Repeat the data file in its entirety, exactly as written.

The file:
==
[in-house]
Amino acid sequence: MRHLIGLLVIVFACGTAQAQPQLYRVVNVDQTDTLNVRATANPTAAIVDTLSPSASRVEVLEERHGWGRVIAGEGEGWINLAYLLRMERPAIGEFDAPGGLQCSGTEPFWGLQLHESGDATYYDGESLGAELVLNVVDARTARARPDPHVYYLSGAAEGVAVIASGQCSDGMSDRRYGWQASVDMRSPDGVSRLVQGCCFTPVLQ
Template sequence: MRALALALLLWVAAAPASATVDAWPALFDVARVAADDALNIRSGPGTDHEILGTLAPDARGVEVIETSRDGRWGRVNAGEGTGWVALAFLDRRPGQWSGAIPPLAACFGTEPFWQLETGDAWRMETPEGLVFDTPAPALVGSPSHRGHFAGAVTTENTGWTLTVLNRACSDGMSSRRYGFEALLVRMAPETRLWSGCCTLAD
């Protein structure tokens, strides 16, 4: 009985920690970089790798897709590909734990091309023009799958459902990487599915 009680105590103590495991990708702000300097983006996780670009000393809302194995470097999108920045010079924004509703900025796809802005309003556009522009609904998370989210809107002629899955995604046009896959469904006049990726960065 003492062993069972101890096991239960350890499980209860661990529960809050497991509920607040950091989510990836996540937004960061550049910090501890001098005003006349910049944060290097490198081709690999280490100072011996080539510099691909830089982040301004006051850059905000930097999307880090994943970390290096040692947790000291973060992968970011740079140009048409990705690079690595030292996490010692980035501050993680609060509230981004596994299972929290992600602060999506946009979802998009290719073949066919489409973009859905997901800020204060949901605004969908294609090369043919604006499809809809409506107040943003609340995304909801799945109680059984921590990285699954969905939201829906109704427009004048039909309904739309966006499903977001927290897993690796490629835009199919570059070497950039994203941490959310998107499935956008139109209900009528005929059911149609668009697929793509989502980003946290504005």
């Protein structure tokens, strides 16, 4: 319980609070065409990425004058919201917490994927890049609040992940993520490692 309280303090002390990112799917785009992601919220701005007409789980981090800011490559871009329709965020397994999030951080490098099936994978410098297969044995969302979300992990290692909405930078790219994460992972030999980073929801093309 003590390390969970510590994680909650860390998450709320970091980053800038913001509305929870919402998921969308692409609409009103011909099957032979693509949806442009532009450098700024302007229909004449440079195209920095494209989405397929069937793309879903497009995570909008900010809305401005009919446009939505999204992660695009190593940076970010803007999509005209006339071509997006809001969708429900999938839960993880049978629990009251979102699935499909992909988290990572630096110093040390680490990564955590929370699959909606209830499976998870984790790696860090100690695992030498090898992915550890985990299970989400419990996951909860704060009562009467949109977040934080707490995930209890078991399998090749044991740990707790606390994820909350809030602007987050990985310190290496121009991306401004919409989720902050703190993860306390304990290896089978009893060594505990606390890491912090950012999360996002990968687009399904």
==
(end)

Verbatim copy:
[in-house]
Amino acid sequence: MRHLIGLLVIVFACGTAQAQPQLYRVVNVDQTDTLNVRATANPTAAIVDTLSPSASRVEVLEERHGWGRVIAGEGEGWINLAYLLRMERPAIGEFDAPGGLQCSGTEPFWGLQLHESGDATYYDGESLGAELVLNVVDARTARARPDPHVYYLSGAAEGVAVIASGQCSDGMSDRRYGWQASVDMRSPDGVSRLVQGCCFTPVLQ
Template sequence: MRALALALLLWVAAAPASATVDAWPALFDVARVAADDALNIRSGPGTDHEILGTLAPDARGVEVIETSRDGRWGRVNAGEGTGWVALAFLDRRPGQWSGAIPPLAACFGTEPFWQLETGDAWRMETPEGLVFDTPAPALVGSPSHRGHFAGAVTTENTGWTLTVLNRACSDGMSSRRYGFEALLVRMAPETRLWSGCCTLAD
């Protein structure tokens, strides 16, 4: 009985920690970089790798897709590909734990091309023009799958459902990487599915 009680105590103590495991990708702000300097983006996780670009000393809302194995470097999108920045010079924004509703900025796809802005309003556009522009609904998370989210809107002629899955995604046009896959469904006049990726960065 003492062993069972101890096991239960350890499980209860661990529960809050497991509920607040950091989510990836996540937004960061550049910090501890001098005003006349910049944060290097490198081709690999280490100072011996080539510099691909830089982040301004006051850059905000930097999307880090994943970390290096040692947790000291973060992968970011740079140009048409990705690079690595030292996490010692980035501050993680609060509230981004596994299972929290992600602060999506946009979802998009290719073949066919489409973009859905997901800020204060949901605004969908294609090369043919604006499809809809409506107040943003609340995304909801799945109680059984921590990285699954969905939201829906109704427009004048039909309904739309966006499903977001927290897993690796490629835009199919570059070497950039994203941490959310998107499935956008139109209900009528005929059911149609668009697929793509989502980003946290504005």
């Protein structure tokens, strides 16, 4: 319980609070065409990425004058919201917490994927890049609040992940993520490692 309280303090002390990112799917785009992601919220701005007409789980981090800011490559871009329709965020397994999030951080490098099936994978410098297969044995969302979300992990290692909405930078790219994460992972030999980073929801093309 003590390390969970510590994680909650860390998450709320970091980053800038913001509305929870919402998921969308692409609409009103011909099957032979693509949806442009532009450098700024302007229909004449440079195209920095494209989405397929069937793309879903497009995570909008900010809305401005009919446009939505999204992660695009190593940076970010803007999509005209006339071509997006809001969708429900999938839960993880049978629990009251979102699935499909992909988290990572630096110093040390680490990564955590929370699959909606209830499976998870984790790696860090100690695992030498090898992915550890985990299970989400419990996951909860704060009562009467949109977040934080707490995930209890078991399998090749044991740990707790606390994820909350809030602007987050990985310190290496121009991306401004919409989720902050703190993860306390304990290896089978009893060594505990606390890491912090950012999360996002990968687009399904």